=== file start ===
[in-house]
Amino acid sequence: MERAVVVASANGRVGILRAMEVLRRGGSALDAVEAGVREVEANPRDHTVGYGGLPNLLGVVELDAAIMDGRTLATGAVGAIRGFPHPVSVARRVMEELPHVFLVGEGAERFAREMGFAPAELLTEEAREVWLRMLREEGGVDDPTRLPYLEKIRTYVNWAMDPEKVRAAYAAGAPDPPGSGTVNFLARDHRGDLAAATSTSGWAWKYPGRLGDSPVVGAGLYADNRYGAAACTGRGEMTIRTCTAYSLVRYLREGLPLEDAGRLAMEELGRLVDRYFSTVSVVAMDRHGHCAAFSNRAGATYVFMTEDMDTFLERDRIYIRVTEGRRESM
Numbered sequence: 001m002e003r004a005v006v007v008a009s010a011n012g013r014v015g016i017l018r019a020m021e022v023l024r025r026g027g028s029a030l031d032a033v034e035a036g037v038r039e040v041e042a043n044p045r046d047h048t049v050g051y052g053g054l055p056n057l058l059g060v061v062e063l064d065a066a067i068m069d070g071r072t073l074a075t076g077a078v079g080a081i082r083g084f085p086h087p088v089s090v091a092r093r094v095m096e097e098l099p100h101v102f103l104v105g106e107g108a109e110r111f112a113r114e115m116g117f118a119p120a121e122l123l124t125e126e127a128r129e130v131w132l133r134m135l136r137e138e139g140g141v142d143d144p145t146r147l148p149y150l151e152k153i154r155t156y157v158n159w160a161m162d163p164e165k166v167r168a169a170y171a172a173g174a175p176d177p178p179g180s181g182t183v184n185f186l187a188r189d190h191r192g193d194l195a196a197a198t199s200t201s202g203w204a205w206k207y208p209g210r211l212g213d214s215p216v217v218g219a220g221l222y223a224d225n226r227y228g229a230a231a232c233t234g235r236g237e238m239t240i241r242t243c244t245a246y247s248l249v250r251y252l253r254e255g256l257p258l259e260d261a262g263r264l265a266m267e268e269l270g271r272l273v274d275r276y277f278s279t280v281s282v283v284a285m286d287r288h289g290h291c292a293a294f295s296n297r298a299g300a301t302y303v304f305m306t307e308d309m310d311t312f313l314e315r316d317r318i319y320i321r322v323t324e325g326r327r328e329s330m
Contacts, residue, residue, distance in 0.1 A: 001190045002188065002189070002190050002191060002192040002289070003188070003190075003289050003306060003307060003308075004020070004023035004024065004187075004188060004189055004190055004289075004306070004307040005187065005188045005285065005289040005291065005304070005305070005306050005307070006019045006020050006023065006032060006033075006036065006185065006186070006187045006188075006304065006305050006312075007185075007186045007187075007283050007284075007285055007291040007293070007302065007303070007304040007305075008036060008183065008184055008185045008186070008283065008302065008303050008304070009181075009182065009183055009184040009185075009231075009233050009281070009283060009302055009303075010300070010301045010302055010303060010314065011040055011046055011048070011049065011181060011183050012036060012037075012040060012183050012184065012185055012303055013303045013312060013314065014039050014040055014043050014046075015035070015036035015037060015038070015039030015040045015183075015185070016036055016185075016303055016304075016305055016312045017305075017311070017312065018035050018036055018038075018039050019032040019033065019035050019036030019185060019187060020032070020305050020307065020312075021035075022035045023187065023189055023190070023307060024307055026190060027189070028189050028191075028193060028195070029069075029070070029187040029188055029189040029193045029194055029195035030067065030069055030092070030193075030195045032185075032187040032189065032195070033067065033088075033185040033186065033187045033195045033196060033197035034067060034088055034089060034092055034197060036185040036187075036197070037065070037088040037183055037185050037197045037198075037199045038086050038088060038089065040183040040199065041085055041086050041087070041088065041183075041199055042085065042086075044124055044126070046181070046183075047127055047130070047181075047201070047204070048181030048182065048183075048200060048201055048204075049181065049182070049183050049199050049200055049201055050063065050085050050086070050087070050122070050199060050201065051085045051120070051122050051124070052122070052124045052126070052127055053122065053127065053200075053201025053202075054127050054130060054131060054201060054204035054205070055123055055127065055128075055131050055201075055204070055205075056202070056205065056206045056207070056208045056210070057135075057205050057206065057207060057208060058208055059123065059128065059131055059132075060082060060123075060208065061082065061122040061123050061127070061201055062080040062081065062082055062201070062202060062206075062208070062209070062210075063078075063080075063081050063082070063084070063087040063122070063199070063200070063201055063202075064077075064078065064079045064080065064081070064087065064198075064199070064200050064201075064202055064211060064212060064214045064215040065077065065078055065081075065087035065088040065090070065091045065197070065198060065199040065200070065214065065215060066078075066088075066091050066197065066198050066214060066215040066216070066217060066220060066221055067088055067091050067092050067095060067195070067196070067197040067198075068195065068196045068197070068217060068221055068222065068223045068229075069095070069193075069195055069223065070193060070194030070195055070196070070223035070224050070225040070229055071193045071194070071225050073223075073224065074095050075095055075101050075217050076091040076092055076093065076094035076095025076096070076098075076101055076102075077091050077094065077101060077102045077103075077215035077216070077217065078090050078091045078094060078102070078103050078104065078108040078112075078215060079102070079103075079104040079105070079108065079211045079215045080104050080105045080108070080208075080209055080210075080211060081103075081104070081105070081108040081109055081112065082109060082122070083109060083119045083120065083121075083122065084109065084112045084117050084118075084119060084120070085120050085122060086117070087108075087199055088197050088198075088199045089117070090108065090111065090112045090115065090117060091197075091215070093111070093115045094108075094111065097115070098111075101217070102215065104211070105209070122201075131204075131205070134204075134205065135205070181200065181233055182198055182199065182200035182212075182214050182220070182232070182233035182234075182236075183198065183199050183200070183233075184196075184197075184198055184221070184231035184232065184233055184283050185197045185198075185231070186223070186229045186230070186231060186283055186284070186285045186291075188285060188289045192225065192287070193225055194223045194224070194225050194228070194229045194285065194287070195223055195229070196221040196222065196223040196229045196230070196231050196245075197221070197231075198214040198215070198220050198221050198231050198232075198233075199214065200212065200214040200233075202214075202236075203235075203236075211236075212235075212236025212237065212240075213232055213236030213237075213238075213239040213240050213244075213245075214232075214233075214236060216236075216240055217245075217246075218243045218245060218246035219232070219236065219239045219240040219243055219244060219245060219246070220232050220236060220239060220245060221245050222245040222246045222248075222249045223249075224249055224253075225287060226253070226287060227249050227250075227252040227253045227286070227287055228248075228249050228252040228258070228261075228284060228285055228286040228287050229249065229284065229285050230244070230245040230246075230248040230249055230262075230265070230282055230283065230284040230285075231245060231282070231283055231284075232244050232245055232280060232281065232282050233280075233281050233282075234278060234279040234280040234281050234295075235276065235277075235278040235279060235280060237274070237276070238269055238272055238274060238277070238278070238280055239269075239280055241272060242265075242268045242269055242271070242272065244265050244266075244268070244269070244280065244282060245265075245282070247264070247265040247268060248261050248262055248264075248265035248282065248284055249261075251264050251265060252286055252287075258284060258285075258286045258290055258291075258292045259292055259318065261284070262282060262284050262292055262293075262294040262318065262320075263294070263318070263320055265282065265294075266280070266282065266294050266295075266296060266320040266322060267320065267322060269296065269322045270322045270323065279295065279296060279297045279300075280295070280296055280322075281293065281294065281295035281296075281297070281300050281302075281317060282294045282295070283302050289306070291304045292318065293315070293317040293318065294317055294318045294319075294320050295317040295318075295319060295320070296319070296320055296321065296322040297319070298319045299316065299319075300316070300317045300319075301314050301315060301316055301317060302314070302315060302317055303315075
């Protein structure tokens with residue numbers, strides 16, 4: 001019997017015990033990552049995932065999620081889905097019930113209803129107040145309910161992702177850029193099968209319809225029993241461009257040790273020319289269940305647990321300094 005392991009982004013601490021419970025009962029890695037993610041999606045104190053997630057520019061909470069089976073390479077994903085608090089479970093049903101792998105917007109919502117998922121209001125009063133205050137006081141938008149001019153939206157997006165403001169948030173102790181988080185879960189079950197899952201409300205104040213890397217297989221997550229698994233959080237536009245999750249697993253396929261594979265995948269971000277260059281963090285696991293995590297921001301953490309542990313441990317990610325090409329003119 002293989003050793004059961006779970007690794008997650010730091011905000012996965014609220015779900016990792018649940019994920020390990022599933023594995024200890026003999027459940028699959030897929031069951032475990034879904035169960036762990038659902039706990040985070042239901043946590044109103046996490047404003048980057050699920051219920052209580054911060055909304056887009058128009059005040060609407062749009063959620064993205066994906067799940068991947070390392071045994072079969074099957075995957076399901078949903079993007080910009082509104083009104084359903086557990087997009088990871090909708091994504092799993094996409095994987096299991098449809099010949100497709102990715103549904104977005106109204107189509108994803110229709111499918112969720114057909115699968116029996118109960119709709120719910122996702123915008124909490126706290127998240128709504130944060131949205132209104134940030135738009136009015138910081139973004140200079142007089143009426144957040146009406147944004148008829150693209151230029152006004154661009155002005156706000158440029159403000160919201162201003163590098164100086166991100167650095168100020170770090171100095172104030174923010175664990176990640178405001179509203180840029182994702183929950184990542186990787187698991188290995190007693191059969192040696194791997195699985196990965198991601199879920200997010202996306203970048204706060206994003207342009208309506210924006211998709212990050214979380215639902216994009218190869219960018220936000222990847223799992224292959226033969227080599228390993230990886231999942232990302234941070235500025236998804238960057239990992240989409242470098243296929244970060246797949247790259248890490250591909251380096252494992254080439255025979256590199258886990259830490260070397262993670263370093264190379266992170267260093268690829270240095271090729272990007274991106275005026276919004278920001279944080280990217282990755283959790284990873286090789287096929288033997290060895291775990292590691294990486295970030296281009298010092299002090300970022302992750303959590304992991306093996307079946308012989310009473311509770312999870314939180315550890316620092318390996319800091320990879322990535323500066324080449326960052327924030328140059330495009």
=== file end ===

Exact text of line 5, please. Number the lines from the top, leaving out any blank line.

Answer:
């Protein structure tokens with residue numbers, strides 16, 4: 001019997017015990033990552049995932065999620081889905097019930113209803129107040145309910161992702177850029193099968209319809225029993241461009257040790273020319289269940305647990321300094 005392991009982004013601490021419970025009962029890695037993610041999606045104190053997630057520019061909470069089976073390479077994903085608090089479970093049903101792998105917007109919502117998922121209001125009063133205050137006081141938008149001019153939206157997006165403001169948030173102790181988080185879960189079950197899952201409300205104040213890397217297989221997550229698994233959080237536009245999750249697993253396929261594979265995948269971000277260059281963090285696991293995590297921001301953490309542990313441990317990610325090409329003119 002293989003050793004059961006779970007690794008997650010730091011905000012996965014609220015779900016990792018649940019994920020390990022599933023594995024200890026003999027459940028699959030897929031069951032475990034879904035169960036762990038659902039706990040985070042239901043946590044109103046996490047404003048980057050699920051219920052209580054911060055909304056887009058128009059005040060609407062749009063959620064993205066994906067799940068991947070390392071045994072079969074099957075995957076399901078949903079993007080910009082509104083009104084359903086557990087997009088990871090909708091994504092799993094996409095994987096299991098449809099010949100497709102990715103549904104977005106109204107189509108994803110229709111499918112969720114057909115699968116029996118109960119709709120719910122996702123915008124909490126706290127998240128709504130944060131949205132209104134940030135738009136009015138910081139973004140200079142007089143009426144957040146009406147944004148008829150693209151230029152006004154661009155002005156706000158440029159403000160919201162201003163590098164100086166991100167650095168100020170770090171100095172104030174923010175664990176990640178405001179509203180840029182994702183929950184990542186990787187698991188290995190007693191059969192040696194791997195699985196990965198991601199879920200997010202996306203970048204706060206994003207342009208309506210924006211998709212990050214979380215639902216994009218190869219960018220936000222990847223799992224292959226033969227080599228390993230990886231999942232990302234941070235500025236998804238960057239990992240989409242470098243296929244970060246797949247790259248890490250591909251380096252494992254080439255025979256590199258886990259830490260070397262993670263370093264190379266992170267260093268690829270240095271090729272990007274991106275005026276919004278920001279944080280990217282990755283959790284990873286090789287096929288033997290060895291775990292590691294990486295970030296281009298010092299002090300970022302992750303959590304992991306093996307079946308012989310009473311509770312999870314939180315550890316620092318390996319800091320990879322990535323500066324080449326960052327924030328140059330495009």